2. m said on October 3, 2019 at 4:41 pm

        Do people really still toss around the idea that privacy is for those that “have something to hide”?

      3. point said on July 25, 2017 at 12:03 am

        Straw man much with those nsa triggering keyword urls? No need to exaggerate to that level.

        People might bookmark direct download links, pages that are generated via io/db intensive lookups, de/activation links for iot devices, etc, which connected behind the scenes might have unintended consequences, while one is just typing a -similar- url and moz://a attempts the most fitting from the matches.

        Reading this article now, and it being seemingly opt-out, even privacy aware users might not remember when FF56 arrives in 6-8 weeks time to turn it off. Thus the concerns of privacy.

    2. Troppo said on July 24, 2017 at 6:25 pm

      The default is necessarily a balance between privacy, being competitive, and providing ease of use features for everyone.

      The gains from preloading are important and readily noticeable. People wouldn’t understand why they have to wait so long to read a page on Firefox but not on other browsers. When all browsers don’t “cheat” with preloading, people just blame the internet being that way. When all browsers do cheat except one, you don’t blame internet any more, even though it’s still the legit culprit, you blame Firefox.

      On the other hand the privacy issue with this feature is rather limited. Can you describe it, before going for instantaneous rejection ?

      If you want my opinion, I’m not even sure this feature should be disabled as part of the privacy checkbox thing that should come to a future Firefox near you. If there was a privacy slider a la Tor Browser, I would tie it to the strictest setting.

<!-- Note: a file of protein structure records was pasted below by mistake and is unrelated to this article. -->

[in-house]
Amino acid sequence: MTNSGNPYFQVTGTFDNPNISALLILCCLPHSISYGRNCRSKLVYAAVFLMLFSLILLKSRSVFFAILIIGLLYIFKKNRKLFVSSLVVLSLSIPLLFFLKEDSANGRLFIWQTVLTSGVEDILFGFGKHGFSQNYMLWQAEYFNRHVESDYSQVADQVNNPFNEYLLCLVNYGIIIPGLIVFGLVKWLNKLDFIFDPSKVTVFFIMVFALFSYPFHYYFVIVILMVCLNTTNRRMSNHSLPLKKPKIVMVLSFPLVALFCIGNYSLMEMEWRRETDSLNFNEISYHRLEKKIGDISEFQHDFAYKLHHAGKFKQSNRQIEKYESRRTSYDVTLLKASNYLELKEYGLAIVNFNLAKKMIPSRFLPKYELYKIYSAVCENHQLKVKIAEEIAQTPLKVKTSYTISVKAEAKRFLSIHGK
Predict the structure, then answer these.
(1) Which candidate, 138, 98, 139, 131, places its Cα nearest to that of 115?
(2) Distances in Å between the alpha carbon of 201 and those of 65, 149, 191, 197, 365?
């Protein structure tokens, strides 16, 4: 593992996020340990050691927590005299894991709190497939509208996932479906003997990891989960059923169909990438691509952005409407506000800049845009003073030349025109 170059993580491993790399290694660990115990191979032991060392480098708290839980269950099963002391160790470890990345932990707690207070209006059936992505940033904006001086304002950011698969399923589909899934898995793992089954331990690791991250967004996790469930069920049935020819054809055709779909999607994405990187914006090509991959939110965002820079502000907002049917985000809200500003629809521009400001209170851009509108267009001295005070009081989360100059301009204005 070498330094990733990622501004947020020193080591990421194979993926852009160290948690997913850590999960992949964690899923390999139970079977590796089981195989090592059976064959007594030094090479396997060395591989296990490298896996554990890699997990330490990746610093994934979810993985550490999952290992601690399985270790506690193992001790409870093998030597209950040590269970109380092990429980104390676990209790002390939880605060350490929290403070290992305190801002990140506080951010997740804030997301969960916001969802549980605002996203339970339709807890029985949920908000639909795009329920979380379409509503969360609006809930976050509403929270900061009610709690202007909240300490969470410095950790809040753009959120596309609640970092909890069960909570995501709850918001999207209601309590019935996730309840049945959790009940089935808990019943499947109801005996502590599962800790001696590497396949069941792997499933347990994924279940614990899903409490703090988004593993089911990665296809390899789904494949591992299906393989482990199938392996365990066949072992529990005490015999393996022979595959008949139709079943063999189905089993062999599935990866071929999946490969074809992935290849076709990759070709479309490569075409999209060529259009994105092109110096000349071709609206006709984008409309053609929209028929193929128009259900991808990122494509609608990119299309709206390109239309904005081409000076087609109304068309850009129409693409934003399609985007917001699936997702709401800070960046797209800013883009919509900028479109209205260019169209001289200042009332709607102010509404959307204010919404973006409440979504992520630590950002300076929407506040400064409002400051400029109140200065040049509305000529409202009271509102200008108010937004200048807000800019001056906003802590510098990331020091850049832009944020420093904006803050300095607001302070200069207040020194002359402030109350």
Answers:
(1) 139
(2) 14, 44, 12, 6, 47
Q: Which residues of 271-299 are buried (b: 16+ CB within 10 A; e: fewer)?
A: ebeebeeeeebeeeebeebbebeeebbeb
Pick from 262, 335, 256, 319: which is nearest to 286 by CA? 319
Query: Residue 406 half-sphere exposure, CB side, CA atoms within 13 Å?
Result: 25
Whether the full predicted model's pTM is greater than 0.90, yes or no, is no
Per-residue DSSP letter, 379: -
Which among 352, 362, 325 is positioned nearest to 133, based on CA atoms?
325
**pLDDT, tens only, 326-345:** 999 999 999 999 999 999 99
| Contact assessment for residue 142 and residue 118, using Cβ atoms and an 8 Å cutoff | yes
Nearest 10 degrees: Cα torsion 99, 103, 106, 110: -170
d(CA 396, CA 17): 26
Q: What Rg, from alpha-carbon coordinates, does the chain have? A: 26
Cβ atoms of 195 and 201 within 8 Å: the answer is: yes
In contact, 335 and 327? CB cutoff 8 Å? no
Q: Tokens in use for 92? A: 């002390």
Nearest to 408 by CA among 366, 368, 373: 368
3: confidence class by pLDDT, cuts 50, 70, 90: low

I will personally disable the feature though, and I expect it to be part of Mozilla’s guide to disable all automatic connections.

    3. Jed said on July 24, 2017 at 3:29 pm

      I personally see it as an incredibly useful and helpful feature, and besides, it’s not very privacy infringing at all. It just preloads part of the page in the background. The same information would be sent just by visiting it anyway. People overreact with features such as this, when actively going to the same webpage would send the same, if not more information anyway.

      1. Jed said on July 25, 2017 at 1:00 pm

        I have most of the sites I visit either in history or in bookmarks, meaning it autocompletes a lot. This will mean it will load even faster with not really any downside.

      2. Nebulus said on July 25, 2017 at 2:05 am

        Jed, I’d like to know how exactly is this feature useful to you? Thanks.

  9. Clairvaux said on July 24, 2017 at 10:42 am

    Very good feature. And you can disable it, too. What’s not to like ? It took me a long time to use autocomplete, and even just to understand it. But it’s a heck of a time-saver for some sites you visit all the time.

  10. jupe said on July 24, 2017 at 10:35 am

    If you have autocomplete disabled already is it necessary to disable this too ? or because autocomplete is disabled then it would make this redundant?